Canada’s diversity is reflected in its Olympic teams. Track and field athletes Donovan Bailey, Mark McKoy, Robert Esmie, Glenroy Gilbert and Bruny Surin migrated from the Caribbean while Daniel Igali came to Canada with the Nigerian Commonwealth Games wrestling team in 1994 and remained here while seeking refugee status. He was granted citizenship four years later.
These elite athletes, now retired, have brought glory to Canada with Olympic gold medals while Jamaican-born Charmaine Crooks was this country’s flag bearer at the opening ceremony of the 1996 Atlanta Olympics.
At the last Winter Olympics in Vancouver, bobsledders Shelley-Ann Brown – the daughter of Jamaican immigrants – was the first Black woman to win a Winter Olympics medal while Lascelles Brown was the first Jamaican-born athlete to win a Winter Olympic medal while representing Canada.
At an ethnic media reception last week, Canadian Olympic Association chief executive officer and secretary general, Chris Overholt, recognized the contributions that athletes from diverse communities have made while representing Canada and the significant role the multicultural media plays in sharing the athletes’ success.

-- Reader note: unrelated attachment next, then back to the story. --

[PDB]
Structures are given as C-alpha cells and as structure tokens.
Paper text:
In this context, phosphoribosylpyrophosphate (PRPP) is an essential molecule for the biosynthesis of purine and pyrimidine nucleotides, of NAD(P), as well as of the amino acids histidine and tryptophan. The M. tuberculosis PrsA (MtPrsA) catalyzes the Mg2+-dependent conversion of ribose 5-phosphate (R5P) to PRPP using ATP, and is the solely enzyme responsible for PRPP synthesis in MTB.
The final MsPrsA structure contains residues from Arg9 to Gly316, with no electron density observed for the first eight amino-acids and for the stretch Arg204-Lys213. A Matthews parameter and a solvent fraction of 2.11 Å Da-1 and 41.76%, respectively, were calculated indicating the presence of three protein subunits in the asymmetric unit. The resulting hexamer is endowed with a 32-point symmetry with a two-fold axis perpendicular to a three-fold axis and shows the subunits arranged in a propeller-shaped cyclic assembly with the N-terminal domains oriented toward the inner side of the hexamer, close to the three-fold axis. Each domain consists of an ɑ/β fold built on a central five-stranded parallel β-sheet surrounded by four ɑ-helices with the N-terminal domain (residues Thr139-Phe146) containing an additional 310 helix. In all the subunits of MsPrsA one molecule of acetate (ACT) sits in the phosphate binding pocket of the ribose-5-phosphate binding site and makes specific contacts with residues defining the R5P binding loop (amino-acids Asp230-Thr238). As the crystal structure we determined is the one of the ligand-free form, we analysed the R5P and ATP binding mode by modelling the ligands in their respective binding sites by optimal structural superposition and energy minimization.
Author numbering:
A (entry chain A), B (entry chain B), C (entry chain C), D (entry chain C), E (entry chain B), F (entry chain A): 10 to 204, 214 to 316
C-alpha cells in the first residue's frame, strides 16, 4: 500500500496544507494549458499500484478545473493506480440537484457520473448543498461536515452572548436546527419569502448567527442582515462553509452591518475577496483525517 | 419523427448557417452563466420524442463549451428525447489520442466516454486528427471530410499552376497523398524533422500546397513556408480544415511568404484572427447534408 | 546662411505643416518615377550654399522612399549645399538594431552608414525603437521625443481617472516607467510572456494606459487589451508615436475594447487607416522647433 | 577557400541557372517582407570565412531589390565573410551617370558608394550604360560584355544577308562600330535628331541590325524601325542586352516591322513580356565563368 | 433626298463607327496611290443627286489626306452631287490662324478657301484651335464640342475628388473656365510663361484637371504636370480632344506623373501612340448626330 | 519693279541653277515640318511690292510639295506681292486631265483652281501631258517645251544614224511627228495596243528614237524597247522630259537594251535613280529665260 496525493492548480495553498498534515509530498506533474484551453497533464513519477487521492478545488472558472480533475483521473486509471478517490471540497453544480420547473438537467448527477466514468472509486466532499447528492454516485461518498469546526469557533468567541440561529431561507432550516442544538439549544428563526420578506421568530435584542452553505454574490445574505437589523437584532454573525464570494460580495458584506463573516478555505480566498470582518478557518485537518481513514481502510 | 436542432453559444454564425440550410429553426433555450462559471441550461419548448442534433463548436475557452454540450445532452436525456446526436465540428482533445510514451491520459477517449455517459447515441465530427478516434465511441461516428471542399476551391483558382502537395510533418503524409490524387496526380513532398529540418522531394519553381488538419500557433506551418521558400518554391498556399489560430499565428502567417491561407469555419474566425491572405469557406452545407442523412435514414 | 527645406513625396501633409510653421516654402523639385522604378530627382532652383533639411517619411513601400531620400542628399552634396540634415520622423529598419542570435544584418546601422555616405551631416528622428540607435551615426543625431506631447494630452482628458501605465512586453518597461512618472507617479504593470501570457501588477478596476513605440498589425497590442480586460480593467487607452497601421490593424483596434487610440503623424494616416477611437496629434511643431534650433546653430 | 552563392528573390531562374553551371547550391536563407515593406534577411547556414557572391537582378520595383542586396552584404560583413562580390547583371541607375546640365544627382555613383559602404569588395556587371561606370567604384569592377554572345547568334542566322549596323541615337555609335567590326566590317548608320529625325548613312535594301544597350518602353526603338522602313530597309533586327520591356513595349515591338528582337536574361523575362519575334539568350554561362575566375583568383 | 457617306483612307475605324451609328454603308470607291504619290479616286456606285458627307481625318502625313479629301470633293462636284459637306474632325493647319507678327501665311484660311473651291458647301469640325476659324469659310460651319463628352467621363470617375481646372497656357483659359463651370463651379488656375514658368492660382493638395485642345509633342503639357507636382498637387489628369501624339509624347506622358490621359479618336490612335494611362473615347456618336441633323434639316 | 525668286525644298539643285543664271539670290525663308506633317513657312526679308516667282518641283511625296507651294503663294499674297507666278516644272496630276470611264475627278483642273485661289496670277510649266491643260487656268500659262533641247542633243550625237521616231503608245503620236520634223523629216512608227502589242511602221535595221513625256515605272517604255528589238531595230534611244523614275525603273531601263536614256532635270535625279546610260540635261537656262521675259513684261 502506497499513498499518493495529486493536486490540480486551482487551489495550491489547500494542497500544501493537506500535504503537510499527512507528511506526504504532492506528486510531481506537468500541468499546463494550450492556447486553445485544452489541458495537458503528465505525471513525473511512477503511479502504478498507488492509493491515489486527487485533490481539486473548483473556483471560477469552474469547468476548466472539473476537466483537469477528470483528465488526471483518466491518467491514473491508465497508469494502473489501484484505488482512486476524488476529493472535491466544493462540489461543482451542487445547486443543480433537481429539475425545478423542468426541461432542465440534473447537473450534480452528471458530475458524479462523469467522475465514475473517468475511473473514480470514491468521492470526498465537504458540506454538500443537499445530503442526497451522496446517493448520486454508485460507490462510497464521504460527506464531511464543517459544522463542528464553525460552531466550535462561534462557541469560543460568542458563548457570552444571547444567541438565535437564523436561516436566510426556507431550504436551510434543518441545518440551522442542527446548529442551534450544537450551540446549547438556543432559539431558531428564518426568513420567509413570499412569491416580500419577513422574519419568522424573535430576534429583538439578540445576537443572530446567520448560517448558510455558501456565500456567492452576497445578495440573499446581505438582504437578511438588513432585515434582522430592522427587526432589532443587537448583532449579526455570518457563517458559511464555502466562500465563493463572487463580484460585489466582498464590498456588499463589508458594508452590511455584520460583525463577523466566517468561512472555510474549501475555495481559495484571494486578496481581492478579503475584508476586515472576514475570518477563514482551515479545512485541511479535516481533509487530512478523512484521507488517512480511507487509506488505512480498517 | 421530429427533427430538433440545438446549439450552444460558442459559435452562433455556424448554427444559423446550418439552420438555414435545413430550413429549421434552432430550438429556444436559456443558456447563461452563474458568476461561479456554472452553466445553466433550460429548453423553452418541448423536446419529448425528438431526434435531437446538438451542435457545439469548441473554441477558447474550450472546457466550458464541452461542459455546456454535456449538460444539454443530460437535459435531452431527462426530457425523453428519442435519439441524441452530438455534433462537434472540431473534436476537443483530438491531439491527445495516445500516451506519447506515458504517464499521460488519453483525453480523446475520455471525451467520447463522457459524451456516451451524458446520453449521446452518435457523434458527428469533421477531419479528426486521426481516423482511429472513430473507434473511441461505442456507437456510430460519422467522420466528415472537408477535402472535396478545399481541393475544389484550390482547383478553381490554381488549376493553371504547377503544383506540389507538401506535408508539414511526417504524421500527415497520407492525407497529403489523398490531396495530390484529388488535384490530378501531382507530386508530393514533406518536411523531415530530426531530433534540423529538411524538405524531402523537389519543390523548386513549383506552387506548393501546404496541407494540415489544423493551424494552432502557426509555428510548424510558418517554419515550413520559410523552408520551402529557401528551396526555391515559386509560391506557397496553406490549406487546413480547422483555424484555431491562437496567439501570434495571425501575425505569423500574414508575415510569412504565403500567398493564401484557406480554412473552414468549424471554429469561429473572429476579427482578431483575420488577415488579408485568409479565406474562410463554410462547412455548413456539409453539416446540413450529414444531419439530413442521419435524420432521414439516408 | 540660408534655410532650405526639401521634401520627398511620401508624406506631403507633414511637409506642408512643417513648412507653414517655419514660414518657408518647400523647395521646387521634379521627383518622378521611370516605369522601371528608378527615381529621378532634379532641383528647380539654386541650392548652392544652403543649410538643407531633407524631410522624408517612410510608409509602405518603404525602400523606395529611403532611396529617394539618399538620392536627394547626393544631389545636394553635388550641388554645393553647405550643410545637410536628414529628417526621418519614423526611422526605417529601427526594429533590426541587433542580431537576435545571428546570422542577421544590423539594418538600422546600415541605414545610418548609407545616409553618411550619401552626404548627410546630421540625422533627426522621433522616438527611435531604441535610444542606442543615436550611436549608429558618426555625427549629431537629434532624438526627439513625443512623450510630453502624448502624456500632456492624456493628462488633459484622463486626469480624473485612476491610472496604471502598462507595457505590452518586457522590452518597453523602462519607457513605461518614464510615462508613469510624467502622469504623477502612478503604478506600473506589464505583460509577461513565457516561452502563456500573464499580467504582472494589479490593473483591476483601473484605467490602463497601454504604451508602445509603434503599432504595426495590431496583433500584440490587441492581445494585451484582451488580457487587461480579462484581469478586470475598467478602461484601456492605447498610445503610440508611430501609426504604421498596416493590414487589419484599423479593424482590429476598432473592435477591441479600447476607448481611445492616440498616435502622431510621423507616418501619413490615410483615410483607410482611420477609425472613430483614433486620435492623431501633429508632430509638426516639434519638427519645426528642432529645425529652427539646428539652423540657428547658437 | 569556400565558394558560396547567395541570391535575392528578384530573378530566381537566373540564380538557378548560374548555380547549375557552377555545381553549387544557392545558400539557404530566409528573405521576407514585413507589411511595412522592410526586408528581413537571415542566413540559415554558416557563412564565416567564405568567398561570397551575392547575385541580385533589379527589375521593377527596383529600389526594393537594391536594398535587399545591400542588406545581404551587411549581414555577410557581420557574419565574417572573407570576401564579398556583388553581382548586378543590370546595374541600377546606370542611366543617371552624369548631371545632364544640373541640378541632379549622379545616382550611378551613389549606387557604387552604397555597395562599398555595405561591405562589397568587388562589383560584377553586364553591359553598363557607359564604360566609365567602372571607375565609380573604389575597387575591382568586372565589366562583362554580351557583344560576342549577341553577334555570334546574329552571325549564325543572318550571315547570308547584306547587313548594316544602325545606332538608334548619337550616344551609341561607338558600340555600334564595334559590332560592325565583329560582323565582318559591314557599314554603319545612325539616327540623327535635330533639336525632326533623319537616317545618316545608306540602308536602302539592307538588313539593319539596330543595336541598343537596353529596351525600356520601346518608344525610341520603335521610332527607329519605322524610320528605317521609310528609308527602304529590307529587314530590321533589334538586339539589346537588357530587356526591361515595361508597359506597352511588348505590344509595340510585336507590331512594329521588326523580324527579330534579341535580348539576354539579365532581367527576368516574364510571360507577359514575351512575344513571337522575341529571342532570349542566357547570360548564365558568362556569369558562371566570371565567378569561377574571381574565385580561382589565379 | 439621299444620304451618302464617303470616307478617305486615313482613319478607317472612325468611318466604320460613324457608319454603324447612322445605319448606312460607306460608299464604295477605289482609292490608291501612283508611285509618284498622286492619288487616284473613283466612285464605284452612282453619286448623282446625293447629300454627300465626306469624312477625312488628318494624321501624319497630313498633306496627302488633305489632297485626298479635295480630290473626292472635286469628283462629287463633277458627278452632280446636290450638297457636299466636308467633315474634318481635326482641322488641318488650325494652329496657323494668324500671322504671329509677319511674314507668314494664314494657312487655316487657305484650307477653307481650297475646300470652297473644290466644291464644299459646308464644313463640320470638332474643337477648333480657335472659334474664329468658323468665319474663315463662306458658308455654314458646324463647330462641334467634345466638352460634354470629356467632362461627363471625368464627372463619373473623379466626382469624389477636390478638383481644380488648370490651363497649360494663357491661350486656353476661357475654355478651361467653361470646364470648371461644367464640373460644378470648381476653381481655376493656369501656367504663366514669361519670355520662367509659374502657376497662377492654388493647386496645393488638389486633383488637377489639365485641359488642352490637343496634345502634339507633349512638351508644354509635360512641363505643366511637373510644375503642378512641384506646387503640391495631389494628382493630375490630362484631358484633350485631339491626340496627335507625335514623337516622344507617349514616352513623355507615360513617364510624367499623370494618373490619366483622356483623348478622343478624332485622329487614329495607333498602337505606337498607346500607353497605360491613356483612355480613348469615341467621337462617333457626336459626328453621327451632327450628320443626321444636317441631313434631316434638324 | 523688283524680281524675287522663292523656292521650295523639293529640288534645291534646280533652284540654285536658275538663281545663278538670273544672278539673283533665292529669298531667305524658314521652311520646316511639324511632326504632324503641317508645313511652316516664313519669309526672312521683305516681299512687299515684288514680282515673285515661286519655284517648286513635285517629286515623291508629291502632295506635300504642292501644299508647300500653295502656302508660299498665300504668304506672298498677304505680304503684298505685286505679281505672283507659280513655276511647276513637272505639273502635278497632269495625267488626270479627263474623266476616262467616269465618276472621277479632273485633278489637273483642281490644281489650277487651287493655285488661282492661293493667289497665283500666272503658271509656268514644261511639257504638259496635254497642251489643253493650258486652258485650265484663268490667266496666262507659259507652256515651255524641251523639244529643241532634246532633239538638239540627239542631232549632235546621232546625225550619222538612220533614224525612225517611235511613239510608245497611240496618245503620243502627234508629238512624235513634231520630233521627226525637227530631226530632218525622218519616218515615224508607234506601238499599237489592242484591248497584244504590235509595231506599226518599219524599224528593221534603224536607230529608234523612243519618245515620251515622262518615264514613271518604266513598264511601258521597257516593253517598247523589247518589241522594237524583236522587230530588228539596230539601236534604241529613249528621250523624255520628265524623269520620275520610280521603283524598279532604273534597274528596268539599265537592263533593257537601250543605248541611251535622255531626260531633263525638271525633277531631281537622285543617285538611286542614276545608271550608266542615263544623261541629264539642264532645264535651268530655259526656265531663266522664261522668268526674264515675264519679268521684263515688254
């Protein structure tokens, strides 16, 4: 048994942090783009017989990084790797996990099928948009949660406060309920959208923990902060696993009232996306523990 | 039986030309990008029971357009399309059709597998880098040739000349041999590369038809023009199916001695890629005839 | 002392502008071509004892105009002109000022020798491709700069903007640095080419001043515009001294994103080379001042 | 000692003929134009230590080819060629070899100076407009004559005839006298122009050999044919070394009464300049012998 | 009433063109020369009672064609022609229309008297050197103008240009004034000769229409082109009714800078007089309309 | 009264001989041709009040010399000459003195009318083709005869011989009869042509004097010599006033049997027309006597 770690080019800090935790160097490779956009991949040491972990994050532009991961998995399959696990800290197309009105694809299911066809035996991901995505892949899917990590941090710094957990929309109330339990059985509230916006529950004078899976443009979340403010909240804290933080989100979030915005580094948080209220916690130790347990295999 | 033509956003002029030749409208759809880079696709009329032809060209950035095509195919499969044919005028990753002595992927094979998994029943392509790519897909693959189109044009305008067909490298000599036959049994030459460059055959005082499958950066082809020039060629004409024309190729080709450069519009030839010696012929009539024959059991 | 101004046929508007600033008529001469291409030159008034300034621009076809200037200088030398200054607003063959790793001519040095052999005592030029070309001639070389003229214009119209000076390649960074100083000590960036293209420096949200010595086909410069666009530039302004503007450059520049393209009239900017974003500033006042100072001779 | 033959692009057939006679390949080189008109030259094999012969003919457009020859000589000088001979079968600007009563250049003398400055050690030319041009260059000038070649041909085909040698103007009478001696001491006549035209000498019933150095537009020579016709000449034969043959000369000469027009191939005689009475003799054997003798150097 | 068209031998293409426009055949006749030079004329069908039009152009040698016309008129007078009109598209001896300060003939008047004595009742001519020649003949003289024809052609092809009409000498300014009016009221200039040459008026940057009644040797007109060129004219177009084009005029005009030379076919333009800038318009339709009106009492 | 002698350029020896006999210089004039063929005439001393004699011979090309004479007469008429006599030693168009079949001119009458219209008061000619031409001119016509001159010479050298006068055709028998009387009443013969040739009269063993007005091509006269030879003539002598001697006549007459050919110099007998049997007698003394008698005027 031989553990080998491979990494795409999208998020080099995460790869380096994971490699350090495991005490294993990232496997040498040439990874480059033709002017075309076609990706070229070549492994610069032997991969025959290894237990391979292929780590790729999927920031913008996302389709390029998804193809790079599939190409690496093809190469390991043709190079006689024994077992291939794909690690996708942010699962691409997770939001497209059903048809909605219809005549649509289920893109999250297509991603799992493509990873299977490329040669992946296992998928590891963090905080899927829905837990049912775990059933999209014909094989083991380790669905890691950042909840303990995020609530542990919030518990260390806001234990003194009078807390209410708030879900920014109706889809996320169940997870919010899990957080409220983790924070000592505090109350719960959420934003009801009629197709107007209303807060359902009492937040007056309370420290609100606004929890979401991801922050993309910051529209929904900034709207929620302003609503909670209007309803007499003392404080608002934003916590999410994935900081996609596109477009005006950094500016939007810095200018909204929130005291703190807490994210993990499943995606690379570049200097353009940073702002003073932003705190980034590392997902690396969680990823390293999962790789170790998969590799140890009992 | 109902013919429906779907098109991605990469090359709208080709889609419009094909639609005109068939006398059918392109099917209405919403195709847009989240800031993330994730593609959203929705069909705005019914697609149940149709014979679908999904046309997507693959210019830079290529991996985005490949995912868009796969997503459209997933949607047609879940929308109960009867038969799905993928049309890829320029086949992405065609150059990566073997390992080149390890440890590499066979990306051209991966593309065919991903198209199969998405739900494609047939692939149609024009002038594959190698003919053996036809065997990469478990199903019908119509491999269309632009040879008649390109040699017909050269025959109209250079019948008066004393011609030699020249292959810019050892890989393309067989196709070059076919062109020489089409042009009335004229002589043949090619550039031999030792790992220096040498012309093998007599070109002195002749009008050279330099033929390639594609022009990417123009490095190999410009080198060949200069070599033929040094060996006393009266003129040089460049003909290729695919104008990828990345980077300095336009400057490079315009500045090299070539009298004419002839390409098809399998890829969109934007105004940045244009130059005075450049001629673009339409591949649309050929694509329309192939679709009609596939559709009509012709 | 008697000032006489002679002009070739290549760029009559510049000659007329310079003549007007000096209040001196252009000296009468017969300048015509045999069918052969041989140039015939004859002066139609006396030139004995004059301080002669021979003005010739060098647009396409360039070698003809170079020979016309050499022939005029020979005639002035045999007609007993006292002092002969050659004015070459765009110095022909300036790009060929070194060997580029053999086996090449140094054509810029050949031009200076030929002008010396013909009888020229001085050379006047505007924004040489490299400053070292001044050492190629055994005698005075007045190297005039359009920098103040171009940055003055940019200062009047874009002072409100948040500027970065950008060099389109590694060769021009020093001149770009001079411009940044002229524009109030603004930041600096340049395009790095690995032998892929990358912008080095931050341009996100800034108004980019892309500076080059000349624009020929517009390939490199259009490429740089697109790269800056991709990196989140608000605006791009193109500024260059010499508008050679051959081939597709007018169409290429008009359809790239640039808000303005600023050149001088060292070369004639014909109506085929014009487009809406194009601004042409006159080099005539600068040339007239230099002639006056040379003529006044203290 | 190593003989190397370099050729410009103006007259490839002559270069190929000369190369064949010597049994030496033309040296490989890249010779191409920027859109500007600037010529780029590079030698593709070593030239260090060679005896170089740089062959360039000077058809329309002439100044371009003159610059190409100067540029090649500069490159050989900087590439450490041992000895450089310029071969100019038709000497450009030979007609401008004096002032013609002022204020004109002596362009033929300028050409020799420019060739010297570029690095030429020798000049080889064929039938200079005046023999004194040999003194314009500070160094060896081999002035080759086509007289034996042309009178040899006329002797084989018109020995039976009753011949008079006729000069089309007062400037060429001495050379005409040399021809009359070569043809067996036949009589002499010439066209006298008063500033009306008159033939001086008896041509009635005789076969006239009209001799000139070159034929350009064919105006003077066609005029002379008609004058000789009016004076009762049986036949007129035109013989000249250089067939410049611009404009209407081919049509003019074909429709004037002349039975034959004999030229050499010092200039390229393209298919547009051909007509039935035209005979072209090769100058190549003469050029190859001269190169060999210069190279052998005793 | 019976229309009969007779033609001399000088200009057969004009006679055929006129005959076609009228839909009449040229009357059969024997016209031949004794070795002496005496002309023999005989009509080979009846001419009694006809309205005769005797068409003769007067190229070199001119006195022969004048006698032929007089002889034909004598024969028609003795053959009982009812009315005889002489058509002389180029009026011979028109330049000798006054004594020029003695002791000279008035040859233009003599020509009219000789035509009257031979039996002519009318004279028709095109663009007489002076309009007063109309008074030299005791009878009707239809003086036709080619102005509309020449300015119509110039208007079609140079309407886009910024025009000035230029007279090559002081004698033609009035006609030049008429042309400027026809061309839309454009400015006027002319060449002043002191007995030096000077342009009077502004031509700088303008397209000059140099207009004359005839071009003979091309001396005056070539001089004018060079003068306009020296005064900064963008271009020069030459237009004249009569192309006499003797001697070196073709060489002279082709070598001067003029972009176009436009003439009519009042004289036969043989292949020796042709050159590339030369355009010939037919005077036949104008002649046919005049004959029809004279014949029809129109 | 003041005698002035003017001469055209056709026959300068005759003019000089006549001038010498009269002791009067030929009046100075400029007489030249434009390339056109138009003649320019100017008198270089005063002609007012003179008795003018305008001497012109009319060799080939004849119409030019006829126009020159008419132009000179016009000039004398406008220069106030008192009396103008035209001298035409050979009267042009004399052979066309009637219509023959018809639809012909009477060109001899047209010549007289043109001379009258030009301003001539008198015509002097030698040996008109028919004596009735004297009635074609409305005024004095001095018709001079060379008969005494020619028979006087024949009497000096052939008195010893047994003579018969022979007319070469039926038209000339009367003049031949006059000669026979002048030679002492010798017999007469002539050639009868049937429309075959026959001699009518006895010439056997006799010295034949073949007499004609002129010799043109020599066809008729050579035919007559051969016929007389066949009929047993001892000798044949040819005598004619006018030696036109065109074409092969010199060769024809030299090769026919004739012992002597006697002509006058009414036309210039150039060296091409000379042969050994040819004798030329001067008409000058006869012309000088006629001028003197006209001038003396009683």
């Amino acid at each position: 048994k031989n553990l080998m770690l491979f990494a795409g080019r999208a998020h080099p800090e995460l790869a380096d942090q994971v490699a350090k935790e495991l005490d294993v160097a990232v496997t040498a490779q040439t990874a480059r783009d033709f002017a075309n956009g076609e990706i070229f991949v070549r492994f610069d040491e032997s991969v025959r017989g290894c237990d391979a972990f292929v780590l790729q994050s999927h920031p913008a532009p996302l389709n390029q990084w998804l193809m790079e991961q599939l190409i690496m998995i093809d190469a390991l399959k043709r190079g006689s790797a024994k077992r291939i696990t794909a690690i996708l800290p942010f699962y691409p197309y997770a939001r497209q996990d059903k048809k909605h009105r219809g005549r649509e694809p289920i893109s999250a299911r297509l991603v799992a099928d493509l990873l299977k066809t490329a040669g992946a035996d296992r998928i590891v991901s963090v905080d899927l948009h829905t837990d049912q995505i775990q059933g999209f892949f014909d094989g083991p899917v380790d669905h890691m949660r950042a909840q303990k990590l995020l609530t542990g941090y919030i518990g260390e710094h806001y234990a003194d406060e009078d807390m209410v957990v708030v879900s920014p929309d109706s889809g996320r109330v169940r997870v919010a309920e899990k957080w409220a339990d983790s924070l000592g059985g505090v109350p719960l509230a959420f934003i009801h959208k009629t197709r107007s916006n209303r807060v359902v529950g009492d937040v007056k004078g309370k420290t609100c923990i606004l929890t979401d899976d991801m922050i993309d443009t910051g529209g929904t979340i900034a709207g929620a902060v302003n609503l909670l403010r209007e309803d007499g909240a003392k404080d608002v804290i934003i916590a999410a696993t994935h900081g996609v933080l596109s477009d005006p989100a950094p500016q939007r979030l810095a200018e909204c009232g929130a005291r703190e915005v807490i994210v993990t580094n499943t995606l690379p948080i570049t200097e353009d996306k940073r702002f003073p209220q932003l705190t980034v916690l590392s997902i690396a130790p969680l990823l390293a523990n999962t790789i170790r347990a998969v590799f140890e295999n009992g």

“The Canada we know and love has a dynamic and ethnically diverse population,” said Overholt. “We are proud of our country as one that represents a cultural and ethnic mosaic that is known to few nations around the world. The diversity is our strength. It is enduring and defining and it is, in many ways, our international calling card. It’s reflected appropriately in our classrooms, our boardrooms and our media partners across the country.
“Millions of individuals and families receive their news from media organizations like the ones represented here tonight. So, as the Canadian Olympic team works to connect all Canadians with our Olympic team, we consider those of you in the multicultural media an essential part of making that happen.”
Several Olympians attended the event and shared their sports aspirations with journalists.
“The Canadian Olympic team resonates with Canadians,” said Overholt. “It’s the team that represents the emotional connection that we all share when we watch that once-in-a-lifetime performance. And’ it’s the team that defines our place. Sport is our core business and the athletes are at the heart of our brand. They are our reason, our purpose and our mission…Our job is to share our athletes’ stories with you so that you can share them with Canadians across the country. Together, we can demonstrate the power of sport and its important place in our heritage.”
Tabia Charles, a finalist in the long jump in Beijing, said her participation in the Olympics was a rare experience.
“Entering the stadium for the first time to the cheers of thousands of people is something that will always stay with me,” said Charles of her first Games participation. “Outside of winning, few things in sport can be so thrilling. It’s something I will always relish.”
By RON FANFAIR